Rehabilitation Therapy for Cats and Dogs

By Ruth (USA)

Cat receiving physical therapy

Athena – received rehabilitation therapy after a spinal injury. Photo Alan Chan. This cat is not under the care of Dr. Jaeger.

A pleasant drive in the country today brought me to Prairie Animal Hospital in North Prairie, Wisconsin. From the outside the clinic looks like any other small rural animal hospital, but exciting things are happening there, because of the enthusiasm of Dr. Gretchen Jaeger, D.V.M. who believes in the power of physical rehabilitation therapies to improve the lives of dogs and cats. She is a veterinarian who trained with the Canine Rehabilitation Institute and is certified to perform physical rehabilitation therapy on dogs, but she also works with cats. She cannot call what she does ‘physical therapy’, since she is not a physical therapist and does not provide treatment for humans, but her techniques would be familiar to anyone with experience in human physical therapy.

Dr. Jaeger’s enthusiasm for her work was evident as she described her training. She said that the study of anatomy in vet school is all about which muscles to cut when doing a surgery. Studying anatomy in order to do physical rehabilitation was all about learning the function of muscles.

Dr. Jaeger uses modalities commonly found in human physical therapy on pets, including heat and cold, e-stim, and low level laser therapy. Ultrasound is not used as much because most people don’t want to have their cat shaved, but the cat’s hair would interfere with absorption of the ultrasound. The low level laser therapy does many of the same things as ultrasound, including increasing circulation to the injured area, reducing inflammation, and facilitating the release of endorphins (the body’s natural pain killers). The laser therapy can also be used to facilitate wound healing. She mentioned specifically its usefulness in treating cats with injuries from car fan belts/ blades. Electrical stimulation is used to facilitate muscle contractions, but not for pain relief, though in humans it is used for both purposes.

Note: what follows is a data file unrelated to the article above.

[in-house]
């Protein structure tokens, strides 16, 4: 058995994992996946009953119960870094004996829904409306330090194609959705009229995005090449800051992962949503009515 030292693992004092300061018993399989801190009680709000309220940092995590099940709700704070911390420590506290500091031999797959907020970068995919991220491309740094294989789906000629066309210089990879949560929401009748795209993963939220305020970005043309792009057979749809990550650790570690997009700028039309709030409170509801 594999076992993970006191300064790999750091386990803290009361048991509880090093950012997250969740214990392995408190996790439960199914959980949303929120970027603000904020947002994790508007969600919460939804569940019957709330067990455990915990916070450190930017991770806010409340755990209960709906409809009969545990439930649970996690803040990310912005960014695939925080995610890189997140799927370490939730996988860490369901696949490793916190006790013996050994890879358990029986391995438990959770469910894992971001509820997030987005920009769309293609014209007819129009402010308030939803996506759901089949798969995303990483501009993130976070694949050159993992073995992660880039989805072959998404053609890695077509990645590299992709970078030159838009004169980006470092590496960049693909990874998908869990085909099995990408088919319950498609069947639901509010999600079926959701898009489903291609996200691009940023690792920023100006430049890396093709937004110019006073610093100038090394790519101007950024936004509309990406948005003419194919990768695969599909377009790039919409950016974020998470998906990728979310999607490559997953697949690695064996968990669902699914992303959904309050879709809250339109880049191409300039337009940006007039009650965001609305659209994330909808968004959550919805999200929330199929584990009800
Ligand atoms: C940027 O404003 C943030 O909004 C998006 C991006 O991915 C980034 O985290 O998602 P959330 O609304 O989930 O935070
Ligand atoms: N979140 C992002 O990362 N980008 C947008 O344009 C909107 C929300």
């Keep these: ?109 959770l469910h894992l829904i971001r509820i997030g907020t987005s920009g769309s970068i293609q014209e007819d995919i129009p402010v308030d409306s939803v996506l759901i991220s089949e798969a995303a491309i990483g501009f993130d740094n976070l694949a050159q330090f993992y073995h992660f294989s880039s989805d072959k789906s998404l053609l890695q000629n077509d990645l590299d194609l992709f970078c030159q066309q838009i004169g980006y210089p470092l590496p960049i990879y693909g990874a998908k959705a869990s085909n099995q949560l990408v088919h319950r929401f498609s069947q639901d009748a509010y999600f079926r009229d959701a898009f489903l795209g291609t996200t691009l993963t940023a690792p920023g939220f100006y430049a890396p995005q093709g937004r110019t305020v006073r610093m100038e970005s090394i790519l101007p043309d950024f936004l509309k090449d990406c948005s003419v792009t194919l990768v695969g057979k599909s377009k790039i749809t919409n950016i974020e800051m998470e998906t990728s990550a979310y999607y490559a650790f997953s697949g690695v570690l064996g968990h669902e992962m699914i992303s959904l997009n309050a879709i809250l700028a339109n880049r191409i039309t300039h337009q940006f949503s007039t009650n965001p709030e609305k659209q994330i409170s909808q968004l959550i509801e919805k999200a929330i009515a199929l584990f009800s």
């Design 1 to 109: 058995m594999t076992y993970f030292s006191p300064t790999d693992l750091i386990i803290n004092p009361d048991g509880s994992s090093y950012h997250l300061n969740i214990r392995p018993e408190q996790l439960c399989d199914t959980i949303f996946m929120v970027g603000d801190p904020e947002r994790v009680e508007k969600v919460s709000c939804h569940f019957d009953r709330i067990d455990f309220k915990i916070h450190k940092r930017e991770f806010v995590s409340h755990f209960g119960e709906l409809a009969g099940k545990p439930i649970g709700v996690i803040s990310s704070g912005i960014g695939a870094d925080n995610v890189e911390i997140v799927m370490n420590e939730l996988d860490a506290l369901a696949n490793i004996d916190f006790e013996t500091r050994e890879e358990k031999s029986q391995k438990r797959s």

Just as the practice of human physical therapy is not limited to modalities, the same is true of physical rehabilitation of animals. Prairie Animal Hospital employs a rehab tech, involved primarily in teaching therapeutic exercise for animals. She, like Dr. Jaeger, trained with the Canine Rehabilitation Institute. She teaches people how to do PROM (passive range of motion) on their cats and dogs when it is needed to prevent contractures (a joint becoming stiff because the animal can’t move it) and to help reduce pain and stiffness in the good leg. If a dog or cat has trouble bearing weight on a rear leg, the opposite front limb will get sore from taking the extra burden. Unique challenges exist when treating animal patients. They can’t tell you where it hurts! But Dr. Jaeger said that palpation (touching the animal) can tell her a lot and sometimes just petting seems to make the animal feel better. She performs gentle joint mobilizations on animals, but these are very small motions, not to the level human patients might experience at their typical chiropractic appointment. Dr. Jaeger performs glides, compressions, distractions and movements of the joints and muscles, which provide pain relief, and restore function.